“During the OIG’s review of the handling of the Mayfield case, it found that the FBI’s requests for material witness and criminal search warrants “contained several inaccuracies that reflected a regrettable lack of attention to detail.” The FBI’s belief that it had their man, despite all contrary evidence, was so strong that it provided misleading sworn statements to a judge. The only reason Mayfield is a free man today is that the Spanish police repeatedly told the FBI that the print recovered from the bag of detonators didn’t match Mayfield’s fingerprints. The FBI, however, continued to stand by its lab’s findings until Spanish authorities conclusively matched the print to the real culprit, Algerian national Ouhane Daoud. Only then did Mayfield’s traumatic journey into the stomach of the national security state end.”

    And here’s the most important part:

    “Cautionary tale”

    “Mayfield’s ordeal is a cautionary tale of what can happen when the government clamps down on its suspect and refuses to release its grip. In the fortunate case of Mayfield, the government finally released him but only after it turned his life upside down in the process.

    Nearly a decade later, the government’s secret surveillance capabilities have become only more powerful, thanks to social media, smartphones and other technologies. The bulk collection of Americans’ personal data makes it more likely that false positives — innocent Mayfields coming under government scrutiny — will occur. And when that false positive is an American Muslim or an anarchist or an aggressive environmental activist, will government agents and analysts have the ability to set aside their prejudices and excitement and weigh all information, particularly contradictory evidence, before condemning those unfortunate few to bogus charges and public suspicion?”

    “Confirmation bias should make us skeptical of this possibility.” – Matthew Harwood

    As I understand it, there was video surveillance of the Mayfield family in their home, even in the bathroom/s. Almost anything goes in post-9/11 America. Most Americans don’t realize it, yet, and many don’t seem to care.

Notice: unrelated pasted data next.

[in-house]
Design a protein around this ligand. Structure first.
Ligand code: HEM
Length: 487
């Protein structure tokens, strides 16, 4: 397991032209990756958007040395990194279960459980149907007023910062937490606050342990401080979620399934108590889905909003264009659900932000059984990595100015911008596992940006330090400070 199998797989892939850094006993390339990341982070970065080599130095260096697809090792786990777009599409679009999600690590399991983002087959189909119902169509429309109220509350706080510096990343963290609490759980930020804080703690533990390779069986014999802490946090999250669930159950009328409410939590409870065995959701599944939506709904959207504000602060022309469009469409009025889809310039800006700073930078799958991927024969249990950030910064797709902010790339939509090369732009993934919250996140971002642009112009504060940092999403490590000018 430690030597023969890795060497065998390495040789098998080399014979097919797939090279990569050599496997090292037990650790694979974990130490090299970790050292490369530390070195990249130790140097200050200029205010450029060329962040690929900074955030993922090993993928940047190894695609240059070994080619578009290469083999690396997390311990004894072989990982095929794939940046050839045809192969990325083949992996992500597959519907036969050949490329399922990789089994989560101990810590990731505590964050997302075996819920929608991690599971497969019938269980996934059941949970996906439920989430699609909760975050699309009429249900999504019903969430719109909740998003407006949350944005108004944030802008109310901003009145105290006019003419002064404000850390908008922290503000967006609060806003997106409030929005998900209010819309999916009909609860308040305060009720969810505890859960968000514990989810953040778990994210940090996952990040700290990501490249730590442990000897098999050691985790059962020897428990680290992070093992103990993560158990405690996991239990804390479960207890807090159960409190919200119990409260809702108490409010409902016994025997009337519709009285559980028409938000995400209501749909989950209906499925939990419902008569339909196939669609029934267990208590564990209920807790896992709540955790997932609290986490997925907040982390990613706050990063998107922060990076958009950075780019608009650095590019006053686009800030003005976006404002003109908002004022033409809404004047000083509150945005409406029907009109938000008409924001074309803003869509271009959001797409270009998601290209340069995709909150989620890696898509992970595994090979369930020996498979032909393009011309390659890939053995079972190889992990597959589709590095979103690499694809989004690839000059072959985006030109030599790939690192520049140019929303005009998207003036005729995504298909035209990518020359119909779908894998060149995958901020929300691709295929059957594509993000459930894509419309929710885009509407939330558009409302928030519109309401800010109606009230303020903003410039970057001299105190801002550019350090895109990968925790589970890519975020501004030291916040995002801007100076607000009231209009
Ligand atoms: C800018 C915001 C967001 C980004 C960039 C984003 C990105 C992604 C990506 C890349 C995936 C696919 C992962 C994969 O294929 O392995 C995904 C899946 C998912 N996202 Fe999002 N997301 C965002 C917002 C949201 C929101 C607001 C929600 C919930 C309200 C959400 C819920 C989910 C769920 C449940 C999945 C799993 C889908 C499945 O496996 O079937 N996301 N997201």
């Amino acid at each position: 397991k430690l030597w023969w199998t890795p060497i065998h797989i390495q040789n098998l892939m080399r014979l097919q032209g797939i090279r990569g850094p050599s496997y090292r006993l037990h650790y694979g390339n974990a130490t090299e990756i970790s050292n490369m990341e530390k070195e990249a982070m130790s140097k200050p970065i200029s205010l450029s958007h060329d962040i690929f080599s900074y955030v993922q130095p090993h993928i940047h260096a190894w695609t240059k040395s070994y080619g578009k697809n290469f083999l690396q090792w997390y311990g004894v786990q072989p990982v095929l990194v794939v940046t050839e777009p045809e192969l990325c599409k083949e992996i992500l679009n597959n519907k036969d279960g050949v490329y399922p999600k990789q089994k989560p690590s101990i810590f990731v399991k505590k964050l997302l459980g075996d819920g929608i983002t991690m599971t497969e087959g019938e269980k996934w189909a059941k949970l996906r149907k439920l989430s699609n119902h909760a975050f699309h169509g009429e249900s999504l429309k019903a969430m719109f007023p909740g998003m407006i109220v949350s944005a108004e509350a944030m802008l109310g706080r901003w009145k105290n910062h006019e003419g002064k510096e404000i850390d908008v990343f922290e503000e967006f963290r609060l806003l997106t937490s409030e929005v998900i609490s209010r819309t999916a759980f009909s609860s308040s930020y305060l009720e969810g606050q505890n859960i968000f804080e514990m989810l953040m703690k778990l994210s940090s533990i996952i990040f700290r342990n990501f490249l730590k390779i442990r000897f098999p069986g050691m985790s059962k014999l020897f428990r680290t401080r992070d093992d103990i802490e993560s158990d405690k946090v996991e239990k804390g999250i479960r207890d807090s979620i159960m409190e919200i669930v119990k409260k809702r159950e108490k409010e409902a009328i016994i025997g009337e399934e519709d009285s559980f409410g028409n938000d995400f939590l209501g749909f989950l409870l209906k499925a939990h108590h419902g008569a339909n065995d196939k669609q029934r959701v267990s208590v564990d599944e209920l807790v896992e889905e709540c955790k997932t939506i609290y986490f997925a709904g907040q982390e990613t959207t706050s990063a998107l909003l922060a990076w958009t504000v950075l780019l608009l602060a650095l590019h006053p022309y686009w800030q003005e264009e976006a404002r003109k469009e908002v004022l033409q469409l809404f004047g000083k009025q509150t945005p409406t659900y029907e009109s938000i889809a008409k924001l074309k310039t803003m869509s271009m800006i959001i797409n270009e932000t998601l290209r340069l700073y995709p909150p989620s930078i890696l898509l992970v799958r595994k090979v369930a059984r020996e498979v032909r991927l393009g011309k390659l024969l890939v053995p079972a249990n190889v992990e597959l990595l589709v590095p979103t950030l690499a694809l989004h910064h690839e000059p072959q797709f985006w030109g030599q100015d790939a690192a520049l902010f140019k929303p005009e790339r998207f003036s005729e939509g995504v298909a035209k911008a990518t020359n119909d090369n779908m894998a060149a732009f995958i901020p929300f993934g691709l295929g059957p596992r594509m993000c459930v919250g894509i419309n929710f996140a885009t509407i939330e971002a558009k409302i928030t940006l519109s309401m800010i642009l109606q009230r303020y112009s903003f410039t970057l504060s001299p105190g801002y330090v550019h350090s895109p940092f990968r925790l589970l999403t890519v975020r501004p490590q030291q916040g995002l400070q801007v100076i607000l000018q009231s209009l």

6. https://consortiumnews.com/2015/02/06/us-deports-professor-sami-al-arian/

    “Since we first met Dr. Al-Arian a few years ago, he and his family have set standards for faithfulness, moral steadfastness, and commitment to truth to which we can only aspire. More broadly, the U.S. government’s treatment of Dr. al Arian underscores an urgent reality: how the West treats Muslims — in the Middle East, where they are the overwhelming majority, and in diaspora communities in the West itself — is the defining moral and political challenge of our time.

    The U.S. government’s actions against Sami Al-Arian and his family should remind all of us how badly the United States is failing that challenge.

    Sami Al-Arian was targeted by the U.S. government because, during the 1990s, he emerged as one of the most prominent and effective advocates for Palestinian rights that U.S. officials had ever faced.”

    1. alyssa, you make Sami Al-Arian sound like a saint. Why was Sami Al-Arian on the board of directors of the Palestinian Islamic Jihad? Why did he raise money for Jihad? Why did he speak in support of violent Jihad against Israelis? Why did he speak against America as the Great Satan even before his arrest? Isn’t it true that he came here to destroy America and Israel?

      If an American went to Palestine and spoke death to Palestine and raised money to secure the death of Palestine, I think he would be dead right now. Sami Al-Arian got off easy because we are a civilized country who believes in due process.

  7. Any one intelligent or a Dummy please see the video opening this link and then write your comments about Sami or any other Palestinian activists:

  8. I along with Sami driven voters in Florida to see Bush win as President. After personally observing the injustice done to my friend Sami I decided to leave the USA to the place of my birth. Man with high principle and sincerity will always prosper which ever the place in this world as home. Sami and Nahla May God keep you happy for ever.

  9. David-

    Thanks for clearly stating your malfunction-

    “There would be nothing wrong with a government run by a benevolent dictator.”

    There is no such thing as a benevolent dictator.

    However, I’m having a hard time taking you seriously. The more I read your posts, the more they just strike me as funny.

    1. Anarchist 2.0 – I ran my classroom as a benevolent dictator, so don’t say they don’t exist.

  10. Isaac-

    ” Perhaps this is simply and intractable situation. ”

    Israel is under the control of homicidal religious fanatics. Hopefully it will never be resolved in Israel’s favor because the moment they can turn their attention abroad, they fanatics that demanded the genocide of the Palestinians will begin calling for the genocide of anyone else that resists world domination by the lunatic far right jews.

  11. David-

    This quote from you is hilarious-

    ” You just accept uncritically what the Palestinians tell you.”

    This coming from the guy that accepted uncritically that Palestinians are just filthy animals that can’t be taught to use a trash can because some Israeli told you that after you saw the filth in Palestinian Jerusalem. It turns out, Palestinians in East Jerusalem have been so deprived of trash services that they’ve even lobbied the UN to try to get Israel to collect the trash in Palestinian neighborhoods.